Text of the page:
‘I don’t want faith. As far as I am concerned, there is far too much blind faith out there; the worst, from Islamic jihadists to Christian anti-abortion assassins, are full of passionate conviction. But I do want something that religions offer in abundance: the permission to desire wildly, to want the biggest stuff—communion, transcendence, joy and freedom …’

For Levine, the great tragedy of our current consumerist society is that our desires are reduced to shallow and empty things.  Speaking of her own culture: ‘America’s aspirations are not rising. They’re a lead bob plummeting to zero. … compared to what we might imagine, the desires of the American consumer are paltry.’

Perhaps Levine is onto something. Perhaps living well, living and shopping subversively, in a consumerist culture is less to do with overcoming desire and more to do with allowing desire its reign. As followers of Jesus, we are called to an audacious hope, an envisioning of life in its fulness. Perhaps our subversive rally call might be: Desire boldly!


Another provocative read has been Elizabeth Farrelly’s Blubberland: The Dangers of Happiness.  I’ve rambled on about it before, but it’s worth noting as a book that’s left its mark.

Though critiques on consumerism are voluminous, this one is more thoughtfully engaging than most.   As a critic of architecture for the Sydney Morning Herald, Farrelly’s faculties of cultural dissection are well honed. Her prose is intelligent, biting and often amusing, and while I cannot imagine wanting to share coffee with her, I am grateful for the more distant challenge of her words.

As the title indicates, the book is concerned with blubber, the superfluous stuff of life, and the role it plays in our lives.  According to Farrelly, there’s good blubber and bad.  On one hand, blubber is the life-affirming luxury of beauty:

‘It’s the whale oil for the lamps on long winter nights … the egg’s white, the fruit’s flesh, the yeasty bounce of a baby’s thigh designed to sustain life through cold and famine. Blubber is anything spare or surplus. The aedicule, gazebo or porch that adds to a building nothing but graciousness; the purposeless energy of birdsong that is neither mating call or warning but pure, simple pleasure; the spare time in the day, or in the tribal calendar, that makes space for creative play. Blubber, in this sense, is the crack where the light gets in.’

At the more negative end, blubber can be an ‘embalming shroud’ of excess that blocks the light and numbs us to the true nature of the beauty we long for. Bad blubber is …

‘the track-suited, mind-numbed couch potato, the quadruple-garaged McMansion, the idealized fantasy life of the virtual-reality addict … It is the bear-pit of reality TV, the pseudo-feminist me-ring that you buy yourself, the neurotic shopaholics aspiring to ever bigger and more perfect apartments just to house all the stuff. Blubber is the world of vast, glittering malls and dreary look-at-me suburbs interspersed with limitless acreage of concrete, ashphalt and billboards. … All of this is blubberland.’

According to Farrelly, discerning good blubber from bad is the challenge of life.  And that’s where the book’s subtitle ‘the dangers of happiness’ comes into play.  In an age when personal happiness has become the holy grail, we’re convinced that immersing ourselves in ever more excess is the most direct route to possession. Yet ‘our habituation to excess robs us of the very sense of meaning that we so desperately crave.’ Consequently we’ve become blubber-rich and meaning-poor.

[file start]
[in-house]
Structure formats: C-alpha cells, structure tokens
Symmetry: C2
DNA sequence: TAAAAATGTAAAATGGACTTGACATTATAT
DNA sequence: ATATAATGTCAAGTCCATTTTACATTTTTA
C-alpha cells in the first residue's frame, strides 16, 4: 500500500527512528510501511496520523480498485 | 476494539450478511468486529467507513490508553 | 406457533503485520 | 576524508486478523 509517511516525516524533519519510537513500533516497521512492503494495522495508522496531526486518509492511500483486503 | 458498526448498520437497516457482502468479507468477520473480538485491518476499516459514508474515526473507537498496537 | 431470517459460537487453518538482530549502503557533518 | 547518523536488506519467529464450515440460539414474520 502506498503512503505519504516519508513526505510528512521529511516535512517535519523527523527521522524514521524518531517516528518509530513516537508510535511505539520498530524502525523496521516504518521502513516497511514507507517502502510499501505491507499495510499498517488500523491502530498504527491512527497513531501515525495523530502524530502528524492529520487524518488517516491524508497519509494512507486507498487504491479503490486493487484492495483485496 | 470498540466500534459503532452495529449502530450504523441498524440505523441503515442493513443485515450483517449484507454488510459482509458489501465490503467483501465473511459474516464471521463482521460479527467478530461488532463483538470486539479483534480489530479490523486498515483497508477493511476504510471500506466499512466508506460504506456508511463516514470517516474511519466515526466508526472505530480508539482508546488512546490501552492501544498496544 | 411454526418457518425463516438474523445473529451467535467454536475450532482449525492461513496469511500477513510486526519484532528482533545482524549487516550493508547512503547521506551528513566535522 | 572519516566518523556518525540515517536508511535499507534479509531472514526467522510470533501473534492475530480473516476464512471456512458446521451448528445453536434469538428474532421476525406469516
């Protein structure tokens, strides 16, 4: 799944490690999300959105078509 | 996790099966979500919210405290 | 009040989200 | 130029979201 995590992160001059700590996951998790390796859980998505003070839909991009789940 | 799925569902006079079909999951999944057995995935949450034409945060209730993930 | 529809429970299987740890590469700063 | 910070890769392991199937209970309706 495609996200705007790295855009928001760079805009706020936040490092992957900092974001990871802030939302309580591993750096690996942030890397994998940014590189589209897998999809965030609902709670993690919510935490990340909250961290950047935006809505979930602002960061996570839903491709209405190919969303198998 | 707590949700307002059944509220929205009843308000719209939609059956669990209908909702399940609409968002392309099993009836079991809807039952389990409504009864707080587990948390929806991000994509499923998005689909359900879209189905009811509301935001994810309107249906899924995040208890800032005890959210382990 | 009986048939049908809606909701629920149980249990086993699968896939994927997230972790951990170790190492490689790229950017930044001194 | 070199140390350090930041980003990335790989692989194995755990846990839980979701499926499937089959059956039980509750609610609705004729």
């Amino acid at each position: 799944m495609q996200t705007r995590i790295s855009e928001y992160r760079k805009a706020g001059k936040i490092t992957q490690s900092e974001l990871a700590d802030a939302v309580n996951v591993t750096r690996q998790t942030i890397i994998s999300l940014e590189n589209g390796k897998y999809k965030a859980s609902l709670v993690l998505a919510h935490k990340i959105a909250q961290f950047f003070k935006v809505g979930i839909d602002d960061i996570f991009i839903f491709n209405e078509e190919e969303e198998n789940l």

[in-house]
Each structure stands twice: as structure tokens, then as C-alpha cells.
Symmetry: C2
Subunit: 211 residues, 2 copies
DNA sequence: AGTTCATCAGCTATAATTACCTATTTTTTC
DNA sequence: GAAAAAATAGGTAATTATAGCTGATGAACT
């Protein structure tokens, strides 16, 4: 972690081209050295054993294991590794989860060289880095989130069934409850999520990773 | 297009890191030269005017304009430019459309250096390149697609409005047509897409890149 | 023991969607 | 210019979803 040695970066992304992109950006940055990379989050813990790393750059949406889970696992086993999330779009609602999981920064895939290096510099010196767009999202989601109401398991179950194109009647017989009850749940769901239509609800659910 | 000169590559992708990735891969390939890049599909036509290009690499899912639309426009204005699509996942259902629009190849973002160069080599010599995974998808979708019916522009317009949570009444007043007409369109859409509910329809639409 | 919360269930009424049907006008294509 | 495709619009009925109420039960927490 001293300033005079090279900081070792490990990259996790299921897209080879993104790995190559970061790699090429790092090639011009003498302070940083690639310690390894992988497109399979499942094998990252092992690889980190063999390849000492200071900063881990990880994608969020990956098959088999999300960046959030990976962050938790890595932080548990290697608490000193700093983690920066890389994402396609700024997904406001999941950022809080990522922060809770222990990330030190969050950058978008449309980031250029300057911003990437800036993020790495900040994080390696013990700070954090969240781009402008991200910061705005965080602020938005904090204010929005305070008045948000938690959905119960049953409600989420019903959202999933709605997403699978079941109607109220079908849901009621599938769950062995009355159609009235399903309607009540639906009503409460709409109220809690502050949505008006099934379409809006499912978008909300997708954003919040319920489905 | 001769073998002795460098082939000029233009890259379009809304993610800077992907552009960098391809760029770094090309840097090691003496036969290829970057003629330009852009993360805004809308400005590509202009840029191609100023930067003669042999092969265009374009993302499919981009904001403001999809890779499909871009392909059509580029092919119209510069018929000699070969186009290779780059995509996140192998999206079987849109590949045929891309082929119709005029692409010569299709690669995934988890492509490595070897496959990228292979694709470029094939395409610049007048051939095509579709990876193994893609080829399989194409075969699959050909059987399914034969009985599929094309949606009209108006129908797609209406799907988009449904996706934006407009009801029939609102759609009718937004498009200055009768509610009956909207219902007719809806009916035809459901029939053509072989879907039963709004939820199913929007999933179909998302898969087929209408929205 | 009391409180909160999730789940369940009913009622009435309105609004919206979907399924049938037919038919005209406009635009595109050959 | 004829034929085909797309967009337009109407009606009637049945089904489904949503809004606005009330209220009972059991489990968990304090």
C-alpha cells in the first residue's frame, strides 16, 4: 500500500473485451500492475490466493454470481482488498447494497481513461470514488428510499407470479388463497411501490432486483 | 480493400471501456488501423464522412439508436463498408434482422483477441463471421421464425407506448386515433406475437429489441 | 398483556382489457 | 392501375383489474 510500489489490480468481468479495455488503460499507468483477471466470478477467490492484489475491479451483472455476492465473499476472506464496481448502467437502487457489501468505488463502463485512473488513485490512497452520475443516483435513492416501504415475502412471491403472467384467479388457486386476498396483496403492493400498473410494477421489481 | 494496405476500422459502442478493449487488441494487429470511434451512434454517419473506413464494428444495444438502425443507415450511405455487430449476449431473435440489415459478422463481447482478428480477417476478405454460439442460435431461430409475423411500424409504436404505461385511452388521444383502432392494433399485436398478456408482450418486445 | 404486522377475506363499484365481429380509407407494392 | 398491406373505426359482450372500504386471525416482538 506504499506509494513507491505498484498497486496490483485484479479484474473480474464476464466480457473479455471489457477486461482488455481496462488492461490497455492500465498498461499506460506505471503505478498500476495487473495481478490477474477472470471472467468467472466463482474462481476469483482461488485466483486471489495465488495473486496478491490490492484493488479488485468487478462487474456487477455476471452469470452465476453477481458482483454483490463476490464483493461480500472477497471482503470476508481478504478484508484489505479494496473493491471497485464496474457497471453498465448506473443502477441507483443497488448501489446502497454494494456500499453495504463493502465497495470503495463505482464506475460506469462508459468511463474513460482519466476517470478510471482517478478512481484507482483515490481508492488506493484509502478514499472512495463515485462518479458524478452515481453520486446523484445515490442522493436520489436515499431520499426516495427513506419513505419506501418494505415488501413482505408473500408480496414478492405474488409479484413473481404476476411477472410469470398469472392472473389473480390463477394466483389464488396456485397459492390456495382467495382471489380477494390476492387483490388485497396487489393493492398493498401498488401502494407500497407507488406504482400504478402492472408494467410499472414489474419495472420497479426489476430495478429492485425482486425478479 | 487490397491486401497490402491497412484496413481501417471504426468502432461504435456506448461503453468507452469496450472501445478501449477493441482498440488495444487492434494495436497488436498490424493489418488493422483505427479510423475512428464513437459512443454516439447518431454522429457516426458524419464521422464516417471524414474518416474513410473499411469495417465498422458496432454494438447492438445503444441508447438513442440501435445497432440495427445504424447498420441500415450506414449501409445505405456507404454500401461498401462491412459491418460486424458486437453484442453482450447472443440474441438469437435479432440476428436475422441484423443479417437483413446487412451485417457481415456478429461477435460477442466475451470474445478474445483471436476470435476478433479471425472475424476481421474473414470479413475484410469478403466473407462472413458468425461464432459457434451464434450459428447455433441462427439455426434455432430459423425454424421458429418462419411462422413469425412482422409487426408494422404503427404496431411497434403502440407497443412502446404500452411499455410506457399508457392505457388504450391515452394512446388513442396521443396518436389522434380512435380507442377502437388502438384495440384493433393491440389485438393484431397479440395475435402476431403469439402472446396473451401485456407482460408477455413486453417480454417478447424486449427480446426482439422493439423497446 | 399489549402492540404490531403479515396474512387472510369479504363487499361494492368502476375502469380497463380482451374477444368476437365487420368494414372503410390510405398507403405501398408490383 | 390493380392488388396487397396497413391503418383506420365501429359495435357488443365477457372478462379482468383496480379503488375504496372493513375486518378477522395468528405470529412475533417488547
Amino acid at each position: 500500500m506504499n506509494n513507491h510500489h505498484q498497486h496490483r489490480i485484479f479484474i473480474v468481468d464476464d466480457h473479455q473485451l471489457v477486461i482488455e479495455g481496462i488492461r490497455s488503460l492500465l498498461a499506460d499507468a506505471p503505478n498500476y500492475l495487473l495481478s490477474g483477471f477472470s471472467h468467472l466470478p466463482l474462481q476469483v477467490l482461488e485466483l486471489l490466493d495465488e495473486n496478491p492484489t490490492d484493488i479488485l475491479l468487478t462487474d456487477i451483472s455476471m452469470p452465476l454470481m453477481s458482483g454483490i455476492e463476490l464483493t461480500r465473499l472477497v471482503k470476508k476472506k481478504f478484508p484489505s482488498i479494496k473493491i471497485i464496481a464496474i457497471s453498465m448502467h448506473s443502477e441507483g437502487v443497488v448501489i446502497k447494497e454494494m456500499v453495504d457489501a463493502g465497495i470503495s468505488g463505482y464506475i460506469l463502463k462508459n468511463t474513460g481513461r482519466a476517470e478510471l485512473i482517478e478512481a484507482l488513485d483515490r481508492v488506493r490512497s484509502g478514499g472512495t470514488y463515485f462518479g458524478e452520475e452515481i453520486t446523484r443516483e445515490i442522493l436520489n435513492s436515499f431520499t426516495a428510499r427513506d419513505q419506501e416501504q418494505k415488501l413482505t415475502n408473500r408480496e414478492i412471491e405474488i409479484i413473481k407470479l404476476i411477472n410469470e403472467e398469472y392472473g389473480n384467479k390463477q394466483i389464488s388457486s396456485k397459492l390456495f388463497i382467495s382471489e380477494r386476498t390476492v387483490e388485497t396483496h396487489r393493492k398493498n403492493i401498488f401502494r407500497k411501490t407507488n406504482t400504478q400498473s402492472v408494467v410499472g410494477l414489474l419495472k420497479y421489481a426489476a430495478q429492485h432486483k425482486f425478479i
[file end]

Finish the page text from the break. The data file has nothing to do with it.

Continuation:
Affirming desire as one of the most fundamental expressions of our humanity, Farrelly draws on two theories of wanting to explain our misdirection. The first is the theory of miswanting: ‘the tendency to want all the wrong things, things that are wrong not just morally or environmentally but even in their capacity to deliver the satisfaction they promise.’ Based on a dodgy understanding of what will make us happy, miswanting occurs because ‘we are hardwired to mispredict both the intensity and the duration’ of our satisfaction. In short, ‘we think things will make us happier than they do, for longer than they do.’

The second is that of British philosopher Raymond Tallis who postulates four hungers in human experience: the first three being survival, pleasure and recognition. The fourth, driven by our awareness of the gap between our fantasies and our reality, is ‘the craving for connection, for seeing clearly, for touching it and being there.’ At its core, it’s a desire for beauty.

According to Farrelly, beauty is one of our chief motivating desires: ‘we crave it in ourselves, in others, in our lives and surroundings.’ And it is the reinstatement of beauty rather than happiness at the centre of our vision of the good life that Farrelly calls for in the remainder of the book:

‘… beauty cannot only make us feel better but tempt us into better selves and better lives. Beauty gives salience, the difference between the good idea and the craving; the vividness that generates desire. Beauty is our reward, the carrot with which we seduce ourselves into goodness. Magically, beauty not only promises happiness, it makes us want to be good. Beauty incentivises morality, and morality incentivises wisdom. We banish it at our peril.’

For Farrelly, the words truth and beauty are interchangeable. For in seeking beauty, in its most genuine form, we seek truth. It is here that she has some interesting things to say to the church. More on that next time.